By way of further introducing readers to my book Gathered Rain, recently published, I thought it would be fun to share some of the stories behind a few of the pieces it contains, to perhaps highlight some strands and fragrances of meaning.
As I mentioned before, in a previous post, I began this book in college in the mid- to late 80s. Most of the pieces in it have gone through many revisions over the years, and some few are rather recent.
Today’s topic is actually the third poem in the book, being the second in the seasonal cycle that provides the overall context for Gathered Rain (the first poem in the book is meant as a kind of koan to introduce the mystical stage on which things unfold). This poem is about an Ox that I used to see many years ago in a small fenced pasture along a dirt road near my home. The road was itself a kind of mystic scroll on which nature had written many revelations of subtle insights that used to unfold for me when I would walk or jog along that road in the early morning, during the winter snows, the heavy, humid Indiana summers, or the sweet promise-leaden spring. The road was knitted comfortably between the fields and small squares of maple, oak and hickory woodlands. It was lined with goldenrod, morning glory, ubiquitous grasses, thistle, chicory, and many other plants in a raucous community of color and texture. Of course, during the winter, it was covered with smooth, faceless snow or hard, amorphous ice.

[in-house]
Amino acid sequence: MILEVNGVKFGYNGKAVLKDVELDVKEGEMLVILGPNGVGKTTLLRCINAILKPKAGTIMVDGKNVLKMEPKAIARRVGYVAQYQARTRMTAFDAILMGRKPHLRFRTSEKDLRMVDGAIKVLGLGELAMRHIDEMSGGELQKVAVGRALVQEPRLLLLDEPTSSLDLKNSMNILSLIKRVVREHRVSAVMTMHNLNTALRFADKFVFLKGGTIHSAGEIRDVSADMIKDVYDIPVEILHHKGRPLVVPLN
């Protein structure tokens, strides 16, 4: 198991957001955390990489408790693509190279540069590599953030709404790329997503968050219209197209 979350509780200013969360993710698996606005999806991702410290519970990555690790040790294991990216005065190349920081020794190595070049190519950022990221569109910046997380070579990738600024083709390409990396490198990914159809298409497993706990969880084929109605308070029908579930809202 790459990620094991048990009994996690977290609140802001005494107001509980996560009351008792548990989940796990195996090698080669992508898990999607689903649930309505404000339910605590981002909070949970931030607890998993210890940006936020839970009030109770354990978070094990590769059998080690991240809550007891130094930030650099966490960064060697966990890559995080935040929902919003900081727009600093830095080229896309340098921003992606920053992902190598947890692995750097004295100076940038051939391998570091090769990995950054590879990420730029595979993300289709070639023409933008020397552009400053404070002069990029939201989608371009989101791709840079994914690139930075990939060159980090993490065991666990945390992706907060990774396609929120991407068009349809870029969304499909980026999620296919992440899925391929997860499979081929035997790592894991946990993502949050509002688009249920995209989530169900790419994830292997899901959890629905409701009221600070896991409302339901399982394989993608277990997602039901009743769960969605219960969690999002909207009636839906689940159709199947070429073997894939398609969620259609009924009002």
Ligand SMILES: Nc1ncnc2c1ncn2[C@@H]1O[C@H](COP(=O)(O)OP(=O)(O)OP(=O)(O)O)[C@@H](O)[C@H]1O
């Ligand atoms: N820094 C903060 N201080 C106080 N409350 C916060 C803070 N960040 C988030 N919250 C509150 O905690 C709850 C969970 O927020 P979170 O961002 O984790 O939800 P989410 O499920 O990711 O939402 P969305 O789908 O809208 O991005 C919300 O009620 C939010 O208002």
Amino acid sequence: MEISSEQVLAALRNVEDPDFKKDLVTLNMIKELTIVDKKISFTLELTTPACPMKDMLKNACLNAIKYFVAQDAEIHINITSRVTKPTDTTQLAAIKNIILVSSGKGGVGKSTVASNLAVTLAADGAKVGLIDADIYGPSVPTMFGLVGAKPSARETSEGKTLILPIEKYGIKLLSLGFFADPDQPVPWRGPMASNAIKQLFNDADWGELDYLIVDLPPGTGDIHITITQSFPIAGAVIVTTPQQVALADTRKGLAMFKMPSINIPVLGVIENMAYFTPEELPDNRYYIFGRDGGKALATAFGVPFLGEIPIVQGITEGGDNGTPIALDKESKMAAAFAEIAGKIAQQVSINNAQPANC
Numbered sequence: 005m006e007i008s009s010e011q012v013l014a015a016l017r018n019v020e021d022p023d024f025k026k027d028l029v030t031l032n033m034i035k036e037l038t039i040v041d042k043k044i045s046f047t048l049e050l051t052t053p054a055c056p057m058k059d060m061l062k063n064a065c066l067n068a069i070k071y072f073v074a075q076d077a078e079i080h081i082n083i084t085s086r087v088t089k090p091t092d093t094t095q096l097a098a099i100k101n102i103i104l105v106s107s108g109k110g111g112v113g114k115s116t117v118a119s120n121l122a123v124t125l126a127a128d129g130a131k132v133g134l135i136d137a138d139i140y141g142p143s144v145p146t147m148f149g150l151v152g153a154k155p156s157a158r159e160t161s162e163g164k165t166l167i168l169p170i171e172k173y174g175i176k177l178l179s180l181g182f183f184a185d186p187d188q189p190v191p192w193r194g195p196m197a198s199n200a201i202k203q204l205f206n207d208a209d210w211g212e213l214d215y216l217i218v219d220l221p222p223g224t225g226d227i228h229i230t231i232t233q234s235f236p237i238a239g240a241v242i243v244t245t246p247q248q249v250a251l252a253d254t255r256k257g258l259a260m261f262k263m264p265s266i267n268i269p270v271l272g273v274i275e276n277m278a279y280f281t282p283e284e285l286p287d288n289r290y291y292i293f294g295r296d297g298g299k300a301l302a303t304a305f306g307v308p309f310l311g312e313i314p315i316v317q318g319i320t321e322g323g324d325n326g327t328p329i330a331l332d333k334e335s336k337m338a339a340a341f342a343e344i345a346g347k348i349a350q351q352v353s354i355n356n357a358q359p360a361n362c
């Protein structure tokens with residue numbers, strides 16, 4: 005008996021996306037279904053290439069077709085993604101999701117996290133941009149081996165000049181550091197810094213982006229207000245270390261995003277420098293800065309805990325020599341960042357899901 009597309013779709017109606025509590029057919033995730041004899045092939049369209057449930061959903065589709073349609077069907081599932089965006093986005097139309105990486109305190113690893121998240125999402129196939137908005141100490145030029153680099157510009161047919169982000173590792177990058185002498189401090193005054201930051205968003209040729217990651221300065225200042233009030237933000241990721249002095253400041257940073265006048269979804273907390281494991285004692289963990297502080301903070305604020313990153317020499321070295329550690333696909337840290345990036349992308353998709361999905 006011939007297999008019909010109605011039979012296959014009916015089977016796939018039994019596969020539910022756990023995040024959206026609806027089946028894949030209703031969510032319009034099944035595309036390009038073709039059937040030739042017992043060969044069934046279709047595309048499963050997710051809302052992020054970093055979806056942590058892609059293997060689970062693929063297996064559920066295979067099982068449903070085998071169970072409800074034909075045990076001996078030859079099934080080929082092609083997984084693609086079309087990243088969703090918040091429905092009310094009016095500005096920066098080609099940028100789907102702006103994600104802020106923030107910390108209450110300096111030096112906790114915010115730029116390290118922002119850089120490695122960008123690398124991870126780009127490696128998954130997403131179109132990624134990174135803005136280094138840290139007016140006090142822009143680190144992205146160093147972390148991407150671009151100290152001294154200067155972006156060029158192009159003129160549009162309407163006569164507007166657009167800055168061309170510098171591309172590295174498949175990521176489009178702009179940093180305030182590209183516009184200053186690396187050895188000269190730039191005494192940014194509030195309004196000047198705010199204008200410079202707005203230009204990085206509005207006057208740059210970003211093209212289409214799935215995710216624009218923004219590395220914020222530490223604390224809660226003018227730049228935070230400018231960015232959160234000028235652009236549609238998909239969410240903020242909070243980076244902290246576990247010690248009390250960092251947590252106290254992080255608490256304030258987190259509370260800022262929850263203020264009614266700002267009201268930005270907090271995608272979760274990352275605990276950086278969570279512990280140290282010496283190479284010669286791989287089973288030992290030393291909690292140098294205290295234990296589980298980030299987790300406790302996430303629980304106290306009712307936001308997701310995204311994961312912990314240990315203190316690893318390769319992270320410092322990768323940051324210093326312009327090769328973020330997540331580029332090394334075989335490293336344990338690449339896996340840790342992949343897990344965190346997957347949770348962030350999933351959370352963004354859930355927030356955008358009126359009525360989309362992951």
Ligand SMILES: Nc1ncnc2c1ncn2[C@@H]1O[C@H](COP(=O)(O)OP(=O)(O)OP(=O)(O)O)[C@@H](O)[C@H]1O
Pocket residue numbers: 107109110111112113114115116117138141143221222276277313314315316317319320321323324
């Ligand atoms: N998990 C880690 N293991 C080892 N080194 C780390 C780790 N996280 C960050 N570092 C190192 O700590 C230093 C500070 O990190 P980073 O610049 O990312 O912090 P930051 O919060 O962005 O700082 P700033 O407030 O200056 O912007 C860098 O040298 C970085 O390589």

At any rate, this particular Ox always caught my attention because he would stand, still as a stone, chewing, and watching me in an utterly calm and stolid posture. I’d often stop and approach the fence and gaze at him gazing at me. He had a sense of peace that flowed over me like cool water in the midst of the intensely hot and humid summer, or like a quiet fire in a massive stone hearth in winter. He meant a lot to me and I attempted in this poem to give some form to this.
An ox in the field stands
Like a mountain.
Seasons pass around him,
rain, snow, ice, sun,
All around him time flows.
Still he stands,